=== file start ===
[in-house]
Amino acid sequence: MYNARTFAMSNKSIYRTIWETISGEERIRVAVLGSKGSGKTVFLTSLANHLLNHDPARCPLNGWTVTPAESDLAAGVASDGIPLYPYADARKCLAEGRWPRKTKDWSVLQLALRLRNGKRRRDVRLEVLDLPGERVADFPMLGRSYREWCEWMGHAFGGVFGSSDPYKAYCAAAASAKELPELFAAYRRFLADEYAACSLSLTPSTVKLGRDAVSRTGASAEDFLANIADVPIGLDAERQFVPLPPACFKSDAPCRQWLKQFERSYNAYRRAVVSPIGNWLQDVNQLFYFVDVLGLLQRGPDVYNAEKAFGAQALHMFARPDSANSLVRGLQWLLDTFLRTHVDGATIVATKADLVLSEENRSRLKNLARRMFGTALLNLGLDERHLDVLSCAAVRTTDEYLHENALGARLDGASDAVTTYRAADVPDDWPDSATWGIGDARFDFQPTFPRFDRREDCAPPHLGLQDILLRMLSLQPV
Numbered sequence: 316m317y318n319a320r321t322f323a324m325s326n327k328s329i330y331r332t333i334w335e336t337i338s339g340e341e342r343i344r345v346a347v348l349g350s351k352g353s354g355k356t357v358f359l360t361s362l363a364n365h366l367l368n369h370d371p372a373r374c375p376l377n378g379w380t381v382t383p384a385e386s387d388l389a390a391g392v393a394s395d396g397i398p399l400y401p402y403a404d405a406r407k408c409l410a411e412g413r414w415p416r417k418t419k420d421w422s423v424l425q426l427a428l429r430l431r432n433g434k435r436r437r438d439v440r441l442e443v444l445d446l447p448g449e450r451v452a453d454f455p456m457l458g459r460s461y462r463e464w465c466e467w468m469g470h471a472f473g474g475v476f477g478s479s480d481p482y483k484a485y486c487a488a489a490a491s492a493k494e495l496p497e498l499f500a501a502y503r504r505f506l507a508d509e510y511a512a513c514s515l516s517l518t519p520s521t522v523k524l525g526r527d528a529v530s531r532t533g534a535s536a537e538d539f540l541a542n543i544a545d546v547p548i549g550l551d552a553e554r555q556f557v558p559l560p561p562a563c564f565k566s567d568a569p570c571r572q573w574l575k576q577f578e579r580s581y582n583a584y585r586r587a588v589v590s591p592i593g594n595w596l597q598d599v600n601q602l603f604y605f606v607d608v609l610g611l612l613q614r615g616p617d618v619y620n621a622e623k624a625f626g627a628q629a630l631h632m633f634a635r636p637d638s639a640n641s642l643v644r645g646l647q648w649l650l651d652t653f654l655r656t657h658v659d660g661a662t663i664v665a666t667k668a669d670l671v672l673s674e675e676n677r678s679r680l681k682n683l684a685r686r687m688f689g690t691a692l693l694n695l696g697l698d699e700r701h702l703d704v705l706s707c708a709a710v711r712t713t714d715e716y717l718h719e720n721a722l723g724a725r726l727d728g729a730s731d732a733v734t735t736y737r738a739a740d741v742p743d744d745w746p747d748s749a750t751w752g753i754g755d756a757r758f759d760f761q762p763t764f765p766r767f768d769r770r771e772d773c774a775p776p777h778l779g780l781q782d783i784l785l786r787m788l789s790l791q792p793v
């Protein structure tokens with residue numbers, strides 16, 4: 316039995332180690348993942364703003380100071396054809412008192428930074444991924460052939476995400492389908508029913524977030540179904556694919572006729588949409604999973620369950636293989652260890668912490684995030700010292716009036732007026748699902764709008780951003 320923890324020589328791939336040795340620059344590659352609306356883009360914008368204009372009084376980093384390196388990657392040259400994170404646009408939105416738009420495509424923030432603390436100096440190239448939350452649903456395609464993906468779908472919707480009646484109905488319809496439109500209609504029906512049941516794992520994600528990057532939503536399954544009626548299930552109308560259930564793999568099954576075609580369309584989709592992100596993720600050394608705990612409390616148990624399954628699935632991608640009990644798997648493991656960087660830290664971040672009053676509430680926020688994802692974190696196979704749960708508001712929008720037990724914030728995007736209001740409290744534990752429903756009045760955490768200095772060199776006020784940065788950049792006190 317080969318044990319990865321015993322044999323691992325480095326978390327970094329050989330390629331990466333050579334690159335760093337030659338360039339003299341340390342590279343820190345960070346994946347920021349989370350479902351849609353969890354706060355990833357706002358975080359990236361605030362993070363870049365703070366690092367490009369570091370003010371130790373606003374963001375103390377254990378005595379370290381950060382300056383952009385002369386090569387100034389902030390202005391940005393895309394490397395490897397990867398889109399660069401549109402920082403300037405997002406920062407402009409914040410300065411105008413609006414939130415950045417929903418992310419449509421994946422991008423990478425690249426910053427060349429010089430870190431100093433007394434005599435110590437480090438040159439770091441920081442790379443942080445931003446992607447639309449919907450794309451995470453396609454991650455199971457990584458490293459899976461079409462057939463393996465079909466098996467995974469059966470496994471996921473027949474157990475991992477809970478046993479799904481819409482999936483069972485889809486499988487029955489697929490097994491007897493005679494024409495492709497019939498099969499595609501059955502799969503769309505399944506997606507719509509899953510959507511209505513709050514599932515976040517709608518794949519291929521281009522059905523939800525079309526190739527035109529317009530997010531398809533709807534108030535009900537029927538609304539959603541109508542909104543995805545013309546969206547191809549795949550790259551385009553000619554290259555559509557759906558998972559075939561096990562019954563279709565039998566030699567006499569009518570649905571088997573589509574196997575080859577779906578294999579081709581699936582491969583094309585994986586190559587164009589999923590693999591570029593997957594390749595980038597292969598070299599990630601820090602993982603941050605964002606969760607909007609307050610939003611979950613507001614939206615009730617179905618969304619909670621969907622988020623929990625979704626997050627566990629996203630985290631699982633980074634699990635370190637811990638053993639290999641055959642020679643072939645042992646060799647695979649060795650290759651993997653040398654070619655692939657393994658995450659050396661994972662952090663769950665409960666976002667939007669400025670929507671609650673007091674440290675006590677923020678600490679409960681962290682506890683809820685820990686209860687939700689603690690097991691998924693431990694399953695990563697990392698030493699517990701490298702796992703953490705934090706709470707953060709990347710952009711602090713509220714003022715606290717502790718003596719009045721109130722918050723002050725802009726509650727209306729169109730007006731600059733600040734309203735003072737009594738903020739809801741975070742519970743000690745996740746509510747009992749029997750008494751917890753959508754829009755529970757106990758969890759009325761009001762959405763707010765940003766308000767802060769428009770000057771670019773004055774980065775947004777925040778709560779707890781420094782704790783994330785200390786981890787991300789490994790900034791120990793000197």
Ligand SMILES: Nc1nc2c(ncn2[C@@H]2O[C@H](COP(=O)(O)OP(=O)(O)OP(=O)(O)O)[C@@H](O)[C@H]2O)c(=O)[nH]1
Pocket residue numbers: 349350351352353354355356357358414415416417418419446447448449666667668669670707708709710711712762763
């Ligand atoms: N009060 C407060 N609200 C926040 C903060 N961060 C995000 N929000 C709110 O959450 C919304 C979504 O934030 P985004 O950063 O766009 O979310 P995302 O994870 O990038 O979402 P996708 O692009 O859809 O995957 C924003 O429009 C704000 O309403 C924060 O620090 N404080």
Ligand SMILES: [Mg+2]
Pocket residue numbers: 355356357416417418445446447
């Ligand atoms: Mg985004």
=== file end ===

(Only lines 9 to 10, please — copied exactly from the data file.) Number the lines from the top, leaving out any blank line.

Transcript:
Pocket residue numbers: 355356357416417418445446447
């Ligand atoms: Mg985004």